Source: Laboratory of Dr. Paul Bower - Purdue University
The method of standard additions is a quantitative analysis method, which is often used when the sample of interest has multiple components that result in matrix effects, where the additional components may either reduce or enhance the analyte absorbance signal. That results in significant errors in the analysis results.
Standard additions are commonly used to eliminate matrix effects from a measurement, since it is assumed that the matrix affects all of the solutions equally. Additionally, it is used to correct for the chemical phase separations performed in the extraction process.
The method is performed by reading the experimental (in this case fluorescent) intensity of the unknown solution and then by measuring the intensity of the unknown with varying amounts of known standard added. The data are plotted as fluorescence intensity vs. the amount of the standard added (the unknown itself, with no standard added, is plotted ON the y-axis). The least squares line intersects the x-axis at the negative of the concentration of the unknown, as shown in Figure 1.
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1Department of Biomedical Engineering and Environmental Sciences, National Tsing Hua University, 2Center for Measurement Standards, Industrial Technology Research Institute, 3National Synchrotron Radiation Research Center, 4Department of Chemistry, National Changhua University of Education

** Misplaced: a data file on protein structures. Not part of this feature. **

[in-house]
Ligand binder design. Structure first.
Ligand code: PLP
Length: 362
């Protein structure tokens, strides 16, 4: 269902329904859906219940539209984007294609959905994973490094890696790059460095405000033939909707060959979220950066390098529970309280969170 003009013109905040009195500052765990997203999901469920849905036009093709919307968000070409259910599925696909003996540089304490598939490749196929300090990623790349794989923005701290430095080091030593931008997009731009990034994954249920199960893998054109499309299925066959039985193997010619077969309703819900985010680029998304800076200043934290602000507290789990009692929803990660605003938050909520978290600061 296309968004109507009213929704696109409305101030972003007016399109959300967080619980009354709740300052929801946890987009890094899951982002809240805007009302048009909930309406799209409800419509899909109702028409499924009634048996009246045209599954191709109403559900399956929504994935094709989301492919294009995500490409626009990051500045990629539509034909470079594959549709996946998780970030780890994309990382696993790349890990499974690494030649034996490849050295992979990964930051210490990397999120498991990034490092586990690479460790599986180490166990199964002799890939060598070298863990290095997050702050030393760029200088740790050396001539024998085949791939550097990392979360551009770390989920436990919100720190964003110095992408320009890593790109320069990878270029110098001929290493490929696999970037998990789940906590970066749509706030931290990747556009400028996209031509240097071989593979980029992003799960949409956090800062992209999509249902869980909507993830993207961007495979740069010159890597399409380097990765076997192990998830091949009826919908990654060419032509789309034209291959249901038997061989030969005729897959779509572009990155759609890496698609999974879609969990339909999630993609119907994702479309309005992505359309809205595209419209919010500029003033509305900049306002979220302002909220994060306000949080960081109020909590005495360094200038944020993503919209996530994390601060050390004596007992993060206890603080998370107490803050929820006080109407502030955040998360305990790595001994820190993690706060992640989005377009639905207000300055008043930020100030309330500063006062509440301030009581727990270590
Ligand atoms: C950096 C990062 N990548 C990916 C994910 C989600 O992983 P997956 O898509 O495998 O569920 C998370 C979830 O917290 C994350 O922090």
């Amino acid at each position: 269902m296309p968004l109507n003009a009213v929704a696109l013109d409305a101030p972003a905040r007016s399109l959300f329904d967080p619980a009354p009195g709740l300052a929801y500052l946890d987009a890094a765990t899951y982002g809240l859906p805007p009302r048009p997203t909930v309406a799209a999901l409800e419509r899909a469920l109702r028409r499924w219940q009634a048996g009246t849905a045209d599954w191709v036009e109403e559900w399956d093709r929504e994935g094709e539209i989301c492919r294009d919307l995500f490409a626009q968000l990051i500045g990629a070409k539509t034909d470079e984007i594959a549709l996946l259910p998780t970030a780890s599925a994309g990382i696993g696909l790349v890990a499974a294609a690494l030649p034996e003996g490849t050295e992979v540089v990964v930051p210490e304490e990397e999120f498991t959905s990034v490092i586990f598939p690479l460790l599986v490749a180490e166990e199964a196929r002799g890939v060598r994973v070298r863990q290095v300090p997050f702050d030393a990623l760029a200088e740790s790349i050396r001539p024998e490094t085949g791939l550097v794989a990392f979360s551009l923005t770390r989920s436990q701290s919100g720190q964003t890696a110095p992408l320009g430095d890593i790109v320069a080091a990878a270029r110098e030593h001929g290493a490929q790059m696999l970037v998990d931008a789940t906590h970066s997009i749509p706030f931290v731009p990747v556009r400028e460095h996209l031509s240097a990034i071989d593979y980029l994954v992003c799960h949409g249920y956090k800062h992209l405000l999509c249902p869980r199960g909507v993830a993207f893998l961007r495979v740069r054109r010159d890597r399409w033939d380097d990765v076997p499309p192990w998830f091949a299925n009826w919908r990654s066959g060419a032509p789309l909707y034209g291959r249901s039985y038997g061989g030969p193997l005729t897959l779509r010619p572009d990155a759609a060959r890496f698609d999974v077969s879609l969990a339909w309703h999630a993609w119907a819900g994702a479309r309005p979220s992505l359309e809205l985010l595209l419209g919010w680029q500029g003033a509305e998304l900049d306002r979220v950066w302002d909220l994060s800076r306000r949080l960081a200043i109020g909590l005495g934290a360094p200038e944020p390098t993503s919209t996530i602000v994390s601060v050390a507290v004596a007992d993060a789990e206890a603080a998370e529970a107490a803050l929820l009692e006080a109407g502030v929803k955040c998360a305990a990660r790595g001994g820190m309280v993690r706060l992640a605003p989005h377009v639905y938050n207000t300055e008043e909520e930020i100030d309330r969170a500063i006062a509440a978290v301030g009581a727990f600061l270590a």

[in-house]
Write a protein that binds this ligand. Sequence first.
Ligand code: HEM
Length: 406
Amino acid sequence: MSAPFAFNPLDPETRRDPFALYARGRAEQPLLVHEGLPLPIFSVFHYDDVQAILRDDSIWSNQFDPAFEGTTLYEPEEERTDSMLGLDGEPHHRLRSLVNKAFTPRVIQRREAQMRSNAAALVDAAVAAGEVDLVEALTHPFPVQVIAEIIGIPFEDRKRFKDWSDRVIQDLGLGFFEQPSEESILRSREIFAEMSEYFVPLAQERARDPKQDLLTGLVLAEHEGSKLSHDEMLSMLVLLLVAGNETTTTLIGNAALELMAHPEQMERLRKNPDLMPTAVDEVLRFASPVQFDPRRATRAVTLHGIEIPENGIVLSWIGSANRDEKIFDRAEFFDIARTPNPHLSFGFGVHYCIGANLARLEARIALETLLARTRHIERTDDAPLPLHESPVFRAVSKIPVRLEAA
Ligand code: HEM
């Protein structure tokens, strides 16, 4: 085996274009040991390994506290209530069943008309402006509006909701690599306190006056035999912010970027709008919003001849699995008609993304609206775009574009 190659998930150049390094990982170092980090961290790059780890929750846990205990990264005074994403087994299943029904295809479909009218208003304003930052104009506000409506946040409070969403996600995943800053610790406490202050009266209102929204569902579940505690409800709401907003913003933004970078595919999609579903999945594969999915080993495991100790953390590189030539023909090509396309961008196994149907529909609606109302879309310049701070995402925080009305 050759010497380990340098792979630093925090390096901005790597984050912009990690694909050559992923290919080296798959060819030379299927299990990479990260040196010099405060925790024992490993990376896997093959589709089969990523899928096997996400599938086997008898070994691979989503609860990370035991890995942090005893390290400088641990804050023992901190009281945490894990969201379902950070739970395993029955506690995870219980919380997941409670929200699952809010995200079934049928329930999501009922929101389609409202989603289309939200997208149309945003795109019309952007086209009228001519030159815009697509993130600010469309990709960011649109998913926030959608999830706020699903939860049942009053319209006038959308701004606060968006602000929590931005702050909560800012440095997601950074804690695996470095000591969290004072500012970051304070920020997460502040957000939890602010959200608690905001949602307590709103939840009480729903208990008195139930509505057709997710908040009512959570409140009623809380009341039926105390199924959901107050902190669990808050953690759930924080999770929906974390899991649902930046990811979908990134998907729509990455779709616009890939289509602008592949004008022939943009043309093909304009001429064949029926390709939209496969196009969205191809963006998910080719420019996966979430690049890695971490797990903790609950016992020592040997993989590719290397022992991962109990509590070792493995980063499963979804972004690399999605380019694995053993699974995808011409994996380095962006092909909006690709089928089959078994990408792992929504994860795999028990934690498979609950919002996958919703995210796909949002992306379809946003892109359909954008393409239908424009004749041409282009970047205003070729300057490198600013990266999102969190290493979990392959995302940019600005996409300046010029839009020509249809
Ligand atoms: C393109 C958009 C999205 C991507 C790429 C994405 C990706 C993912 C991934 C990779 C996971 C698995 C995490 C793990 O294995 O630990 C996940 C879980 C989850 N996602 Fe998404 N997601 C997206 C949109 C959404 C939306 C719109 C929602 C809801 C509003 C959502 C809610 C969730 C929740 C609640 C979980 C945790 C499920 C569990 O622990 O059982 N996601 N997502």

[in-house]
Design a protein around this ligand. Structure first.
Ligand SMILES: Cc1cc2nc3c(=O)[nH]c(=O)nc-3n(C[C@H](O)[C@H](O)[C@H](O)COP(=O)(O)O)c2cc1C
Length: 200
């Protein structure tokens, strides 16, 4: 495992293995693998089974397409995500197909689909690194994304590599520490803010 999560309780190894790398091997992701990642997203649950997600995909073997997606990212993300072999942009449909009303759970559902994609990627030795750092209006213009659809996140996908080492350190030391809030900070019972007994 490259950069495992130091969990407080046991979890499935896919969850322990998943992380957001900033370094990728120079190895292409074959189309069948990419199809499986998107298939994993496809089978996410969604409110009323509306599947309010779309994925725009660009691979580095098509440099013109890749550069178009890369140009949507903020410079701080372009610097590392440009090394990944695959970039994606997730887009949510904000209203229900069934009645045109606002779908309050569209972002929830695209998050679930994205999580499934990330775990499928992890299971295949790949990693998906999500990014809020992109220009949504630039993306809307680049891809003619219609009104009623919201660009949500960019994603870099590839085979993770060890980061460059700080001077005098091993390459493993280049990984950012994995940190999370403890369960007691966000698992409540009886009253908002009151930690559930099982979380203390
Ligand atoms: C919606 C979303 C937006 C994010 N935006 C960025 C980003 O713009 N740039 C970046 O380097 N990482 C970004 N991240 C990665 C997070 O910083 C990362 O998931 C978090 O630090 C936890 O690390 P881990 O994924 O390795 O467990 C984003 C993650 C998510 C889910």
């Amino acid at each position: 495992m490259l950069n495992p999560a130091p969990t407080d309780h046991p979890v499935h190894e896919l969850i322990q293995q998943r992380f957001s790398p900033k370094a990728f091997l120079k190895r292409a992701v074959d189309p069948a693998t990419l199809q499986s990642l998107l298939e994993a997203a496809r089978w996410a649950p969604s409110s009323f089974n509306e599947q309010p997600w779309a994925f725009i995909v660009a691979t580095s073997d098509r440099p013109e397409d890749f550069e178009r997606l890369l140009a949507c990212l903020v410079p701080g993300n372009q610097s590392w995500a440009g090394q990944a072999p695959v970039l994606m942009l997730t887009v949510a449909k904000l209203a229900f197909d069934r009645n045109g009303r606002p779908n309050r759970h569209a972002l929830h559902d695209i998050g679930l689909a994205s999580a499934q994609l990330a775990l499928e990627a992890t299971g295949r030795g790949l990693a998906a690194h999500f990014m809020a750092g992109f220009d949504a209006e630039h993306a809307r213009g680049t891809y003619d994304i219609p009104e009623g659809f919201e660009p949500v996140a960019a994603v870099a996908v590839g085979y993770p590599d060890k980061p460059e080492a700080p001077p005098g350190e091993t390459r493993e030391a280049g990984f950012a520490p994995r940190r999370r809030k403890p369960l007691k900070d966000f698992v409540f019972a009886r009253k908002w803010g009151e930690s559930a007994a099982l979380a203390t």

1Department of Pharmacology, Toxicology, & Neuroscience, Louisiana State University Health Sciences Center
1Département de Biologie, Institut de biologie intégrative et des systémes & PROTEO, Université Laval
1Brainsway LTD, 2Department of Life Sciences, Ben Gurion University of the Negev
1Oregon Institute of Occupational Health Sciences, Oregon Health & Sciences University
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Source: Derek Wilson, Asantha Cooray, PhD, Department of Physics & Astronomy, School of Physical Sciences, University of California, Irvine, CA
Semiconductors are materials whose ability to conduct an electrical current depends strongly on their temperature and level of impurity. The most common type of semiconductor material is crystalline silicon. Most pure semiconductors are not outstanding conductors; to improve conductivity, a pure semiconductor is often combined or "doped" with an impurity. These impurities are either donors, like phosphorus and arsenic, that donate electrons to the silicon, or acceptors, like boron and aluminum, that steal electrons from the silicon. When acceptors take electrons from the silicon, they leave regions of positive charge called "holes" that effectively behave as positively charged electrons.
A p-type semiconductor is formed when doping makes holes that are the dominant charge carrier in the material. An n-type semiconductor is formed when a semiconductor is doped such that the dominant charge carrier is the electron. As one might expect, a p-n junction is formed at the boundary between the p-type semiconductor and n-type semiconductor. The interaction of electrons and holes at the junction gives…
1Max Planck Institute of Molecular Cell Biology and Genetics, 2HHMI Janelia Research Campus, 3Berlin Institute of Medical Systems Biology of the Max Delbrück Center
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